With Twitter I'm back in school (taking business courses, marketing and media affairs), I'm at summer camp, I've rejoined the publishing industry, and making new filmmaker friends, and following peripheral interests through the lives of people more devoted, taking part in live discussions about literature, editing, branding, virtually attending conferences and events like yesterday's brown bag luncheon thrown by Random House on the topic of digital publishing.

The other two sites have their purposes but nothing touches Twitter.

Explaining Turkey to 5 Million Americans on NBC's Today Show with Matt Lauer

When America's most popular morning talk show came to Istanbul, they asked me and my Expat Harem coeditor Jennifer Gokmen to explain Turkey to five million Americans. Here, we talk with NBC Today Show host Matt Lauer in front of the Haghia Sophia, a 1,500 year old architectural wonder of the world, on a breezy May first.

If the embedded video doesn't work for you, you can view this interview here

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Expat Harem Are Women On The Brink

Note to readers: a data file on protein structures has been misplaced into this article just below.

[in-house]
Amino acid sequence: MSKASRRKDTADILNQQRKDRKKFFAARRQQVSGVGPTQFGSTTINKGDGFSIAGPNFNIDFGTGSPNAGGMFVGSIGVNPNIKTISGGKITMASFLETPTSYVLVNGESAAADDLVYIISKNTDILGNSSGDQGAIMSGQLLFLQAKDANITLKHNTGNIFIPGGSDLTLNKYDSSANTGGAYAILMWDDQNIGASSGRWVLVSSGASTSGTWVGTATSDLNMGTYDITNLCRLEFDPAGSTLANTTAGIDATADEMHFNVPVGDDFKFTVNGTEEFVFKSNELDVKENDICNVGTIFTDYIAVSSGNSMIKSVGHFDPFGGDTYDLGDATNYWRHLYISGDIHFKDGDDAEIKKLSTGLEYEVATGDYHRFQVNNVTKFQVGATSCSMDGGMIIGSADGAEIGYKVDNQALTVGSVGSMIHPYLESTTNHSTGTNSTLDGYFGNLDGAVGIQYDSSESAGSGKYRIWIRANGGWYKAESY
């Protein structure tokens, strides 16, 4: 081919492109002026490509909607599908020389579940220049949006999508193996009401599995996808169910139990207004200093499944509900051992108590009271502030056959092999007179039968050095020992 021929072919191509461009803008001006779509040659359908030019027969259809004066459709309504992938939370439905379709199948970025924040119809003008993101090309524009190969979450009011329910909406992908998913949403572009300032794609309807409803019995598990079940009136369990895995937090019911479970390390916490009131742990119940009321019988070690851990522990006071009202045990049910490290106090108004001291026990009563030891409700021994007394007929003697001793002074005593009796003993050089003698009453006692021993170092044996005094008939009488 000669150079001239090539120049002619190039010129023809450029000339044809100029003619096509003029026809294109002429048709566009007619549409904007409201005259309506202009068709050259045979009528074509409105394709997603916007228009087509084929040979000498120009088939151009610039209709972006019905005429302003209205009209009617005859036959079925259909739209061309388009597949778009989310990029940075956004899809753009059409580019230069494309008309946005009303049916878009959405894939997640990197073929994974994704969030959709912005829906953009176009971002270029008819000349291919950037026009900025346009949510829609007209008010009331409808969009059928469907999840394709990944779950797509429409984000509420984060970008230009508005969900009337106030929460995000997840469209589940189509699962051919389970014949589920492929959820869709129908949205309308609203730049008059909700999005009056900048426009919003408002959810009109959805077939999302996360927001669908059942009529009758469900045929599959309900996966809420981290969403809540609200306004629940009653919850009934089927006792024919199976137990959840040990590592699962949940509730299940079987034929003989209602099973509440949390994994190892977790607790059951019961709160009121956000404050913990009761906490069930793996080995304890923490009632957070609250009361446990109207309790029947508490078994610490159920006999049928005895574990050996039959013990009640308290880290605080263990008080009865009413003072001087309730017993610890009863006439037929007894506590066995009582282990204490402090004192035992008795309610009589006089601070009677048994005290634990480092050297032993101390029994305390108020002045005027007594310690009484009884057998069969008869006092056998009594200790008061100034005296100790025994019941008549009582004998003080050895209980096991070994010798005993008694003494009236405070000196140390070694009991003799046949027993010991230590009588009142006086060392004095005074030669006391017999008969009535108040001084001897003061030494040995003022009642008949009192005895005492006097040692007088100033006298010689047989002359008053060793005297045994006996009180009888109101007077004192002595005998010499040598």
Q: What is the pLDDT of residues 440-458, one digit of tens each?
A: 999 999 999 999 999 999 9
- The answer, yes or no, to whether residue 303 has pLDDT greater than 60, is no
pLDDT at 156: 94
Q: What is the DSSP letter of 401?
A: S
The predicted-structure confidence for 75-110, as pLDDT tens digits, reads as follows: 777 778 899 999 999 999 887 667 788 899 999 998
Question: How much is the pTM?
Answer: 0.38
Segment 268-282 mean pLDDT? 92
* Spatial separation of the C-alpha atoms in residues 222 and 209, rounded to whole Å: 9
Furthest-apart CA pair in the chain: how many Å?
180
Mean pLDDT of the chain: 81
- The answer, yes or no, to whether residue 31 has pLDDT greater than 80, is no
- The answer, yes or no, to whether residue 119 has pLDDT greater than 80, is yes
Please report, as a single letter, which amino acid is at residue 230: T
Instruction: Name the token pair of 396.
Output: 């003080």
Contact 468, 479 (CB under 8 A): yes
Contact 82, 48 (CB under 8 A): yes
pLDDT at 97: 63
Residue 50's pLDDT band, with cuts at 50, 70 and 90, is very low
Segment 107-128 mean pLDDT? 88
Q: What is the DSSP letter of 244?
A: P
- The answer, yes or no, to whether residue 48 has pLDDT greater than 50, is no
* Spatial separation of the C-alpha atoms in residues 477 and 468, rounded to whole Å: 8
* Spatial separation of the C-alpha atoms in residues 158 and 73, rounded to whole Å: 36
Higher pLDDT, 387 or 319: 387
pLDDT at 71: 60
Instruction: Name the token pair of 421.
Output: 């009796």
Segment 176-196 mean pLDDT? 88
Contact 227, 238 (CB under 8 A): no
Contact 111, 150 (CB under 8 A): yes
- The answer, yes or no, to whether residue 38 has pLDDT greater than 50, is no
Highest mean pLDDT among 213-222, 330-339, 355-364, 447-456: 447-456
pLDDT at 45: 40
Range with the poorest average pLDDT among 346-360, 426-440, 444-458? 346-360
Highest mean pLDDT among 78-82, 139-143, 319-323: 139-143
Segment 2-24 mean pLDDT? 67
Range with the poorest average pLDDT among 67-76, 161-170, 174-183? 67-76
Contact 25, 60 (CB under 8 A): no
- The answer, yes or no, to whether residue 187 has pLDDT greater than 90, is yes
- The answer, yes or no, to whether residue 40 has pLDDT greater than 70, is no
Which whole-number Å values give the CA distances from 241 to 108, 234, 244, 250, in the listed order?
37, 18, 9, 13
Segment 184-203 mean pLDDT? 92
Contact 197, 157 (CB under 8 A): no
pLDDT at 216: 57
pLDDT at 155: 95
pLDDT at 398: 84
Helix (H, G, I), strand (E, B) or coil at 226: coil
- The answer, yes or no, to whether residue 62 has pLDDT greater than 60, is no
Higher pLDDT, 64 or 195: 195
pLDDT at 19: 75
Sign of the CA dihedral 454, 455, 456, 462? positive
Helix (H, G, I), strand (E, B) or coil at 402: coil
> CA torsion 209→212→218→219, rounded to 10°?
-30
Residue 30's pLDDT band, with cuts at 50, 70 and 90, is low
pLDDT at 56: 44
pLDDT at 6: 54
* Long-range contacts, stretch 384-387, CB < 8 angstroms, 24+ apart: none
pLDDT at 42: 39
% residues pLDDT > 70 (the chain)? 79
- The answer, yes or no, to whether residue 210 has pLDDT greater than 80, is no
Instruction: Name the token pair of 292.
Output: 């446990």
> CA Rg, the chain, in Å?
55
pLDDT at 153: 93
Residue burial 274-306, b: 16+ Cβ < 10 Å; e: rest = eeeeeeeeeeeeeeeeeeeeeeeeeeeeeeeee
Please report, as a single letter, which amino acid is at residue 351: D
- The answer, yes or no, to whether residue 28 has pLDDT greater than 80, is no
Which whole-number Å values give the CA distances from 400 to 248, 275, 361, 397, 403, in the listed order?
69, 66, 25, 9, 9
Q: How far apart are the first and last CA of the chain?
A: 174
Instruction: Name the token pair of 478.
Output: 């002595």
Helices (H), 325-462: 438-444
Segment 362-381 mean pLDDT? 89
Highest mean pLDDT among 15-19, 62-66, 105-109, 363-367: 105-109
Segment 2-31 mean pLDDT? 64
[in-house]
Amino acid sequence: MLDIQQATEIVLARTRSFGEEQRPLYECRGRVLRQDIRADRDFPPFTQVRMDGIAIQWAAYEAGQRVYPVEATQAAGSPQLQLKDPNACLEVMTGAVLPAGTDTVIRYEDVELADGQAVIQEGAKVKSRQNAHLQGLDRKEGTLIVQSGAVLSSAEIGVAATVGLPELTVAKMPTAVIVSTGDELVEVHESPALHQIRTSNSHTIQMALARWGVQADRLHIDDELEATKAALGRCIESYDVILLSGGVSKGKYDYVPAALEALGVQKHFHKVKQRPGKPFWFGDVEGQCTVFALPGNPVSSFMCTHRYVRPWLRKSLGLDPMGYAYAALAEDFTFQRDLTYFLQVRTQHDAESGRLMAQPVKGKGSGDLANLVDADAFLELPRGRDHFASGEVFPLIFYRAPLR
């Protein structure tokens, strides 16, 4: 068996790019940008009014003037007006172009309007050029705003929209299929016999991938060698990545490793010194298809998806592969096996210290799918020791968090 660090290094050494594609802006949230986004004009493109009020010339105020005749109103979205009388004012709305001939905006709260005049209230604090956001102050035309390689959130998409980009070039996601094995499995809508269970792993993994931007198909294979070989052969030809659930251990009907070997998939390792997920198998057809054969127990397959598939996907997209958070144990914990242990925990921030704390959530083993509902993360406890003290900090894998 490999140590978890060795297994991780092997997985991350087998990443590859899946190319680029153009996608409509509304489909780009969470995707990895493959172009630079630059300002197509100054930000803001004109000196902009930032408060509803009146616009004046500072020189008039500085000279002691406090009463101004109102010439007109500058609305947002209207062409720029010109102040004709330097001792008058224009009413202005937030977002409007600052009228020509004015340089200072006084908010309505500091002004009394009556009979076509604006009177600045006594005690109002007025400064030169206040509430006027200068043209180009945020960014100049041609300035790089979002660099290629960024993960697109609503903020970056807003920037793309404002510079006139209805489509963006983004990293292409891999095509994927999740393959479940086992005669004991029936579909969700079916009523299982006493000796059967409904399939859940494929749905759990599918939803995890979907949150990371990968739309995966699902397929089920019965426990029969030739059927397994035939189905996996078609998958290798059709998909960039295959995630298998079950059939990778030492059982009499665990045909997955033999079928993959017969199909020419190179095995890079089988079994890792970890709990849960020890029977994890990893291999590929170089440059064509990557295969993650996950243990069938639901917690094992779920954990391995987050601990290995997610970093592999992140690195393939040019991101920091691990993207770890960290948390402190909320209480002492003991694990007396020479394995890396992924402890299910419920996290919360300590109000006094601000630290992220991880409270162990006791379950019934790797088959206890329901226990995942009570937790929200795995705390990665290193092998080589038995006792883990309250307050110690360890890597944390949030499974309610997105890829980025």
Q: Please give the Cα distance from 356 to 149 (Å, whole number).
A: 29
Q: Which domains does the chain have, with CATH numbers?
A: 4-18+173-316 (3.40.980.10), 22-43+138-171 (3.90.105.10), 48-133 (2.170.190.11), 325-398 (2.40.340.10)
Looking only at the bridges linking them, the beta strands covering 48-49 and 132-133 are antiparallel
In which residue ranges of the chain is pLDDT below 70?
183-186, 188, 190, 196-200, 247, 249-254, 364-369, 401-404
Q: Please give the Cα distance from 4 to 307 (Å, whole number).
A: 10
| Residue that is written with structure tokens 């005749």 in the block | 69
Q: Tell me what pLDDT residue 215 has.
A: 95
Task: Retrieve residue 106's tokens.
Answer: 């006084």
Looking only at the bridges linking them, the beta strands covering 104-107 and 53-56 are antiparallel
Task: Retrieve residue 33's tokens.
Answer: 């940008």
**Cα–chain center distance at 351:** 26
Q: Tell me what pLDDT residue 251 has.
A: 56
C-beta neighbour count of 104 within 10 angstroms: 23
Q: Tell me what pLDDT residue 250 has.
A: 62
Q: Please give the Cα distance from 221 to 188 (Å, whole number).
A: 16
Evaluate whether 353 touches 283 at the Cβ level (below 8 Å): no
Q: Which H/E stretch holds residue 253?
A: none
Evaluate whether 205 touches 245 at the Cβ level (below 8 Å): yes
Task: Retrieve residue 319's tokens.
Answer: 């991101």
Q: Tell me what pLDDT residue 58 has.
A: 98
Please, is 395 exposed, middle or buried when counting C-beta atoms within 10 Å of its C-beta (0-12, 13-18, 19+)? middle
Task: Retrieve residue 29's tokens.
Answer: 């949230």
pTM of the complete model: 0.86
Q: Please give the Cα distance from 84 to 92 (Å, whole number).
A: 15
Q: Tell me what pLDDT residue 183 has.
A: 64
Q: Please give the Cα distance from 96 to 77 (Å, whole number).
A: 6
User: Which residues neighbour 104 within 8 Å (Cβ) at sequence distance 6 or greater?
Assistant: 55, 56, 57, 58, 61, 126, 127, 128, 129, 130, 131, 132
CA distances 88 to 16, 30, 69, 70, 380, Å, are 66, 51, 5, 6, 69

This is the introduction Jennifer Gokmen and I wrote to the book Tales From The Expat Harem:

If there were ever a place tailor-made to play host to wanderers, travelers and those pursuing lives outside their original territory, surely Turkey is that place.

 

The perpetual evolution that travel and cultural assimilation visits upon the foreign born women in this collection echoes the continuous transformation that envelops the entire country. Threshold to worlds East or West depending on which way one faces, Turkey is itself a unique metaphor for transition.

Forming a geographic bridge between the continents of Europe and Asia and a philosophical link between the spheres of Occident and Orient, Turkey is neither one of the places it connects.  Similarly, foreign women on Turkish soil are neither what nor who they used to be, yet not fully transformed by their brush with Turkey.